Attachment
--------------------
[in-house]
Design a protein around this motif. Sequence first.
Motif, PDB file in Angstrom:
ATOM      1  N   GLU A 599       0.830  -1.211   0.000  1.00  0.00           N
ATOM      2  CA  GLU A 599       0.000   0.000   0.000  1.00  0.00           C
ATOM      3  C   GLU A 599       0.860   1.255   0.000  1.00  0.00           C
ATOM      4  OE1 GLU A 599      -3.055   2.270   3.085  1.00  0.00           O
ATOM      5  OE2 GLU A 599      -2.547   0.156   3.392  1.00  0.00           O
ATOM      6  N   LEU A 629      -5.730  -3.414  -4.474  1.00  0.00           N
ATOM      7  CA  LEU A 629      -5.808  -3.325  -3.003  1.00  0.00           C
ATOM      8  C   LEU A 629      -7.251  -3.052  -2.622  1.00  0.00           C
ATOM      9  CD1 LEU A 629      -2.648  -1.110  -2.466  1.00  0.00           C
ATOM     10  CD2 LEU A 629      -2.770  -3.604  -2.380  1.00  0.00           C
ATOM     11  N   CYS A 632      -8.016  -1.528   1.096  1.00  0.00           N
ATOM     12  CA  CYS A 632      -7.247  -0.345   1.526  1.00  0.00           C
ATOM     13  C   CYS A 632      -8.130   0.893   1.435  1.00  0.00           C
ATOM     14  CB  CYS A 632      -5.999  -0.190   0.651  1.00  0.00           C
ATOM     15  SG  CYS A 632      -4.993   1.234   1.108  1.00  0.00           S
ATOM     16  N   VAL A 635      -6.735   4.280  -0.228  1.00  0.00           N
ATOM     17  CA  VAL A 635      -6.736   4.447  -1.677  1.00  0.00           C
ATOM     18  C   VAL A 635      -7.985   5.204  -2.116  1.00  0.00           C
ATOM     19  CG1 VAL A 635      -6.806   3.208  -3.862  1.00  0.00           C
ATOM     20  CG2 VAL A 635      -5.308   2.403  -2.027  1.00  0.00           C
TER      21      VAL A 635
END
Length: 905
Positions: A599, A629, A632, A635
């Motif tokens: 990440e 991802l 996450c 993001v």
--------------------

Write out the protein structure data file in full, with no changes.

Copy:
[in-house]
Design a protein around this motif. Sequence first.
Motif, PDB file in Angstrom:
ATOM      1  N   GLU A 599       0.830  -1.211   0.000  1.00  0.00           N
ATOM      2  CA  GLU A 599       0.000   0.000   0.000  1.00  0.00           C
ATOM      3  C   GLU A 599       0.860   1.255   0.000  1.00  0.00           C
ATOM      4  OE1 GLU A 599      -3.055   2.270   3.085  1.00  0.00           O
ATOM      5  OE2 GLU A 599      -2.547   0.156   3.392  1.00  0.00           O
ATOM      6  N   LEU A 629      -5.730  -3.414  -4.474  1.00  0.00           N
ATOM      7  CA  LEU A 629      -5.808  -3.325  -3.003  1.00  0.00           C
ATOM      8  C   LEU A 629      -7.251  -3.052  -2.622  1.00  0.00           C
ATOM      9  CD1 LEU A 629      -2.648  -1.110  -2.466  1.00  0.00           C
ATOM     10  CD2 LEU A 629      -2.770  -3.604  -2.380  1.00  0.00           C
ATOM     11  N   CYS A 632      -8.016  -1.528   1.096  1.00  0.00           N
ATOM     12  CA  CYS A 632      -7.247  -0.345   1.526  1.00  0.00           C
ATOM     13  C   CYS A 632      -8.130   0.893   1.435  1.00  0.00           C
ATOM     14  CB  CYS A 632      -5.999  -0.190   0.651  1.00  0.00           C
ATOM     15  SG  CYS A 632      -4.993   1.234   1.108  1.00  0.00           S
ATOM     16  N   VAL A 635      -6.735   4.280  -0.228  1.00  0.00           N
ATOM     17  CA  VAL A 635      -6.736   4.447  -1.677  1.00  0.00           C
ATOM     18  C   VAL A 635      -7.985   5.204  -2.116  1.00  0.00           C
ATOM     19  CG1 VAL A 635      -6.806   3.208  -3.862  1.00  0.00           C
ATOM     20  CG2 VAL A 635      -5.308   2.403  -2.027  1.00  0.00           C
TER      21      VAL A 635
END
Length: 905
Positions: A599, A629, A632, A635
């Motif tokens: 990440e 991802l 996450c 993001v």